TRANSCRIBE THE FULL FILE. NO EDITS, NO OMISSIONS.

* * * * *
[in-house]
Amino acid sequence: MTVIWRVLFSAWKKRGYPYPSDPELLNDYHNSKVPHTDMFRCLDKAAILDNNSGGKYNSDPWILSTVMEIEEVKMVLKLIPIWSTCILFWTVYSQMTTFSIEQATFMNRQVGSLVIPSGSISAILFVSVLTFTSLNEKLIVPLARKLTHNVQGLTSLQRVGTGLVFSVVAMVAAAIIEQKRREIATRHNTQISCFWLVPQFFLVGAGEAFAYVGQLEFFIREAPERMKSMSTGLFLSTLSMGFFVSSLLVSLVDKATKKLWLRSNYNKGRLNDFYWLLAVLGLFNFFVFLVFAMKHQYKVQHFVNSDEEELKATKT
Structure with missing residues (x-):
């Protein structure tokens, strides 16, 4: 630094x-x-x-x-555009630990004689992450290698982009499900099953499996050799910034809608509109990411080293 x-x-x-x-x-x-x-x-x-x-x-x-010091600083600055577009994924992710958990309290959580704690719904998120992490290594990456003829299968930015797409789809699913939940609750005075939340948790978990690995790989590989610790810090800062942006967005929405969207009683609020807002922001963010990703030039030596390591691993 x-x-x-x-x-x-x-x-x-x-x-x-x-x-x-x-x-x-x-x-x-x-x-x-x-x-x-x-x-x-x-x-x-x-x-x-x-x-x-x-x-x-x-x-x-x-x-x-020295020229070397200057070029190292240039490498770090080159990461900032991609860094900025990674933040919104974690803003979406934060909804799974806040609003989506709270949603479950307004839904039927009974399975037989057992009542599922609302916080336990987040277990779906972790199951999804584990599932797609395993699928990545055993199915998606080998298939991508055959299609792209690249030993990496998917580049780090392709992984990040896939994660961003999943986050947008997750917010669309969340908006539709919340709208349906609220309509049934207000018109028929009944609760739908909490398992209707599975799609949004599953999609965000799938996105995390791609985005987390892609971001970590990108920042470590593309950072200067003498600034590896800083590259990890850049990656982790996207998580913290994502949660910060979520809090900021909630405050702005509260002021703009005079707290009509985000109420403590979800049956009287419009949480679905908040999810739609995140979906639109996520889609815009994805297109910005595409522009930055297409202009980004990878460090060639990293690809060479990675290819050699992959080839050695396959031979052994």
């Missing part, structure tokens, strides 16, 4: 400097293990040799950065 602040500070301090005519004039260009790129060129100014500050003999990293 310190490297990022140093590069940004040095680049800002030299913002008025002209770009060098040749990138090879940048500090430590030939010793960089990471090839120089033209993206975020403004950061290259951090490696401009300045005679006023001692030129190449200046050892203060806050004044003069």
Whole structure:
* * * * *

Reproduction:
[in-house]
Amino acid sequence: MTVIWRVLFSAWKKRGYPYPSDPELLNDYHNSKVPHTDMFRCLDKAAILDNNSGGKYNSDPWILSTVMEIEEVKMVLKLIPIWSTCILFWTVYSQMTTFSIEQATFMNRQVGSLVIPSGSISAILFVSVLTFTSLNEKLIVPLARKLTHNVQGLTSLQRVGTGLVFSVVAMVAAAIIEQKRREIATRHNTQISCFWLVPQFFLVGAGEAFAYVGQLEFFIREAPERMKSMSTGLFLSTLSMGFFVSSLLVSLVDKATKKLWLRSNYNKGRLNDFYWLLAVLGLFNFFVFLVFAMKHQYKVQHFVNSDEEELKATKT
Structure with missing residues (x-):
């Protein structure tokens, strides 16, 4: 630094x-x-x-x-555009630990004689992450290698982009499900099953499996050799910034809608509109990411080293 x-x-x-x-x-x-x-x-x-x-x-x-010091600083600055577009994924992710958990309290959580704690719904998120992490290594990456003829299968930015797409789809699913939940609750005075939340948790978990690995790989590989610790810090800062942006967005929405969207009683609020807002922001963010990703030039030596390591691993 x-x-x-x-x-x-x-x-x-x-x-x-x-x-x-x-x-x-x-x-x-x-x-x-x-x-x-x-x-x-x-x-x-x-x-x-x-x-x-x-x-x-x-x-x-x-x-x-020295020229070397200057070029190292240039490498770090080159990461900032991609860094900025990674933040919104974690803003979406934060909804799974806040609003989506709270949603479950307004839904039927009974399975037989057992009542599922609302916080336990987040277990779906972790199951999804584990599932797609395993699928990545055993199915998606080998298939991508055959299609792209690249030993990496998917580049780090392709992984990040896939994660961003999943986050947008997750917010669309969340908006539709919340709208349906609220309509049934207000018109028929009944609760739908909490398992209707599975799609949004599953999609965000799938996105995390791609985005987390892609971001970590990108920042470590593309950072200067003498600034590896800083590259990890850049990656982790996207998580913290994502949660910060979520809090900021909630405050702005509260002021703009005079707290009509985000109420403590979800049956009287419009949480679905908040999810739609995140979906639109996520889609815009994805297109910005595409522009930055297409202009980004990878460090060639990293690809060479990675290819050699992959080839050695396959031979052994």
């Missing part, structure tokens, strides 16, 4: 400097293990040799950065 602040500070301090005519004039260009790129060129100014500050003999990293 310190490297990022140093590069940004040095680049800002030299913002008025002209770009060098040749990138090879940048500090430590030939010793960089990471090839120089033209993206975020403004950061290259951090490696401009300045005679006023001692030129190449200046050892203060806050004044003069």
Whole structure: